Communication surrounding the SAT and college applications leaves seniors feeling unprepared


Autumn Zayas

As the SAT approaches, students are cramming in last minute study sessions and practice tests.

As college applications open, seniors are rushing to complete their SATs in time. After the school-administered SAT was canceled last March, the district informed seniors on September 4 that they will be taking their SAT next Wednesday. The in-school SAT is also required to take for seniors to graduate. 

Despite the offer, students worry that the administration did not give students enough notice on this date. It was released only two weeks without previous information on whether or not the test would still be given, to begin with. 

“It was a little bit of a short notice,” senior Sara Jordan said. “I’m having to study for it in a much shorter amount of time than I would like. Even though schools are test-optional, I want to have a good score to boost my application.” 

The amount of class time missed in March has made it more difficult for students to fully grasp the idea of taking an SAT without the support of their English classes as juniors. “I’m worried about taking the SAT late,” senior Madison Bedja said. “Last year we were taking classes that would help us, and we [would be] preparing for it in school. I feel like taking it right now is going to negatively impact our scores.” 

Some seniors decided to take the SAT on their own time, believing that it would not be offered in school. 

“Since the school-administered SAT was canceled, and because I felt like I needed good test scores. I decided to take it in August,” senior Rayne Stokes said. “Most people are applying for colleges on their own, so everyone is working in their own way.”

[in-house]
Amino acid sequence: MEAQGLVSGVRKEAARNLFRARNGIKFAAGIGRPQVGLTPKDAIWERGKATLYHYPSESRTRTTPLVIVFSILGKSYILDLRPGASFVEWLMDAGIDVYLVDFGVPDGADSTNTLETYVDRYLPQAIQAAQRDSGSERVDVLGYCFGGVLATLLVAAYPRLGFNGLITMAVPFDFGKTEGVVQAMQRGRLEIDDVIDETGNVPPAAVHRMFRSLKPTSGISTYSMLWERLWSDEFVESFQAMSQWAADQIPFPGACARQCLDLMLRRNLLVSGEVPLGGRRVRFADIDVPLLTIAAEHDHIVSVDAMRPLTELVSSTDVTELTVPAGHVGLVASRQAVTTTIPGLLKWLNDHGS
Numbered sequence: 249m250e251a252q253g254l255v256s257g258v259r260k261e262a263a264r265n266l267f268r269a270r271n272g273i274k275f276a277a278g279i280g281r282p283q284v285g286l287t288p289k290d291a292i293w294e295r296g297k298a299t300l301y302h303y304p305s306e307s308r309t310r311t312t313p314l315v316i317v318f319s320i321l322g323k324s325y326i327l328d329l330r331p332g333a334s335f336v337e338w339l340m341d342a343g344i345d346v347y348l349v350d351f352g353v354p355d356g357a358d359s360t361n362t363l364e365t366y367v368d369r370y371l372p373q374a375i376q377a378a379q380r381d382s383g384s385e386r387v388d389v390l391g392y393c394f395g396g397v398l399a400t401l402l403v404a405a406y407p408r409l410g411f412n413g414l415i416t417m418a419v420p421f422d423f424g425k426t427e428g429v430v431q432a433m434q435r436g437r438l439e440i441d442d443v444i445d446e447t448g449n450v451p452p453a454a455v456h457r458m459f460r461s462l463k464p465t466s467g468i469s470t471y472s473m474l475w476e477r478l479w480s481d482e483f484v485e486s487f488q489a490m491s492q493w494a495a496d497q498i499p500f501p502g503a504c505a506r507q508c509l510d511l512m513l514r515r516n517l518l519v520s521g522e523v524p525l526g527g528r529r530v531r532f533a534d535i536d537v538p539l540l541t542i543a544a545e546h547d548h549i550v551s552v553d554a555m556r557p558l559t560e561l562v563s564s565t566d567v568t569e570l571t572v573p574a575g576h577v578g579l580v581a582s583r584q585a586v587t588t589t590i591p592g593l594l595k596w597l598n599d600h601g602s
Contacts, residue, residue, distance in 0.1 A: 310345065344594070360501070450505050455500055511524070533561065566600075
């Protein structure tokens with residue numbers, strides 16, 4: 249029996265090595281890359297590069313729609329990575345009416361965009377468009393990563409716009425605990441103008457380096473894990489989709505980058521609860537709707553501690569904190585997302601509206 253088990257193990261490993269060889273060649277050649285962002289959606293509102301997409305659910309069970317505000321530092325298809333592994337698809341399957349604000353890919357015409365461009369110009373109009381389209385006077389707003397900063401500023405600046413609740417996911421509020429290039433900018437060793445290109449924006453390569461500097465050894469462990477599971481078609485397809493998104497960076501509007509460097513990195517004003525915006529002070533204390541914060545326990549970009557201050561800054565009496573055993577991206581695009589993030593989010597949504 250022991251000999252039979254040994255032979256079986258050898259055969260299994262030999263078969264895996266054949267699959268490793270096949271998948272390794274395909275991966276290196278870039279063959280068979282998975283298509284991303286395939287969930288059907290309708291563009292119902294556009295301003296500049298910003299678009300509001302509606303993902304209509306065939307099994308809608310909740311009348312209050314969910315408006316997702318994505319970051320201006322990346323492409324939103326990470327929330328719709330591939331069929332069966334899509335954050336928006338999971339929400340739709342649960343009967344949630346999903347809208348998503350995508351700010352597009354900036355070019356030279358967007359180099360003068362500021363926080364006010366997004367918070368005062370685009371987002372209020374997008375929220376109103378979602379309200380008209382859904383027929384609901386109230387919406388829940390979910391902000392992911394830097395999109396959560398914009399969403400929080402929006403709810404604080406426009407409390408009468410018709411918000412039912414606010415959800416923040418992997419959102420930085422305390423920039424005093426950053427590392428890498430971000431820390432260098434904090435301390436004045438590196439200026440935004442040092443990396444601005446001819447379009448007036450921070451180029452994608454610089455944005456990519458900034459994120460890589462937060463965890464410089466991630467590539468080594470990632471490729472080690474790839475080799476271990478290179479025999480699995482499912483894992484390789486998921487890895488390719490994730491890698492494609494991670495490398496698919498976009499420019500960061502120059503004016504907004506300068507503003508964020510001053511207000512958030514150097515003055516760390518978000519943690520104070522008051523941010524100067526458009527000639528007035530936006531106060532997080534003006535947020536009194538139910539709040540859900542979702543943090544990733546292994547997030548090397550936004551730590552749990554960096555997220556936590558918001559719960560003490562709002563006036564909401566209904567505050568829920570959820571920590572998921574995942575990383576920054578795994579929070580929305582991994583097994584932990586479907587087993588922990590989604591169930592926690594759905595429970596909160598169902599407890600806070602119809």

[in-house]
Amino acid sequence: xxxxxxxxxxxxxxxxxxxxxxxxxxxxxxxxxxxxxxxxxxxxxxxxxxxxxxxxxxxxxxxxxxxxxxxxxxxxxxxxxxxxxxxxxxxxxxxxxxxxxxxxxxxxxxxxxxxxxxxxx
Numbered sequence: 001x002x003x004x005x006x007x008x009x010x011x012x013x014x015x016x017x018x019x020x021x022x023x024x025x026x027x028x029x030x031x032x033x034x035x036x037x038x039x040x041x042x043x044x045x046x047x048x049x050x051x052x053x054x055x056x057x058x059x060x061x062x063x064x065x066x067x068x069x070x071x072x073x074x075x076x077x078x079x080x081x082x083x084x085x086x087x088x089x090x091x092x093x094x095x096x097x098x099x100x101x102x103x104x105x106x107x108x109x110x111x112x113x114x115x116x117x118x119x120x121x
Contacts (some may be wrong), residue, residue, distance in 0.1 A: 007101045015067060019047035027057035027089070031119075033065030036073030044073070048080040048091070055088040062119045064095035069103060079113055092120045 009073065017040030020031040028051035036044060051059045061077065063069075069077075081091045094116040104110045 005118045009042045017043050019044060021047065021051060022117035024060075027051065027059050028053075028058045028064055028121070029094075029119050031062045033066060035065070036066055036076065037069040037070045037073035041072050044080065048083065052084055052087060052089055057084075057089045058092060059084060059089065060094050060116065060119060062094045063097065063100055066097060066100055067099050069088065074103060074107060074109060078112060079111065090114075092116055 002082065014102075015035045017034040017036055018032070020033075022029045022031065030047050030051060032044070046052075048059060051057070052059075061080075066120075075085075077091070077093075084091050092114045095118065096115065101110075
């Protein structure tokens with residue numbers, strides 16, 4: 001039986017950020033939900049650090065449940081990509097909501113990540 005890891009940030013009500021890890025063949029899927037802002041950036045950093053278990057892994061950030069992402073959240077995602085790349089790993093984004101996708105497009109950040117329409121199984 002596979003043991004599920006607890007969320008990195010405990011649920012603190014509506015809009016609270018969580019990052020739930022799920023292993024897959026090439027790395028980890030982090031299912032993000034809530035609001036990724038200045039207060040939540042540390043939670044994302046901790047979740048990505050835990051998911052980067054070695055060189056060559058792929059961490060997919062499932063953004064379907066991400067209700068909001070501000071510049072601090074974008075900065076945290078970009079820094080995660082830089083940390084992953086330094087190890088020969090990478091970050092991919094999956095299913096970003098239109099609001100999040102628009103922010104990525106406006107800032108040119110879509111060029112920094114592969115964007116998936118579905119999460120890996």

On top of the frustration, students are feeling out of the loop and left behind when it comes to information about applying for colleges. Guidance counselors released a four-part video about college applications. Yet, a good portion of seniors still have no idea where to start. 

“I feel like we got ripped off in a sense,” Jordan said. “I don’t have that many opportunities to talk to counselors so I feel like I’m scrambling to get [recommendations and test scores] out.”

The delay of information coming from the school is leaving a lot of students confused and worried. 

“I feel like information isn’t being distributed to students well,” Bedja said. “It’s all going to our parents and not to us. It’s really creating a disconnect. I think communication needs to be improved for [students].”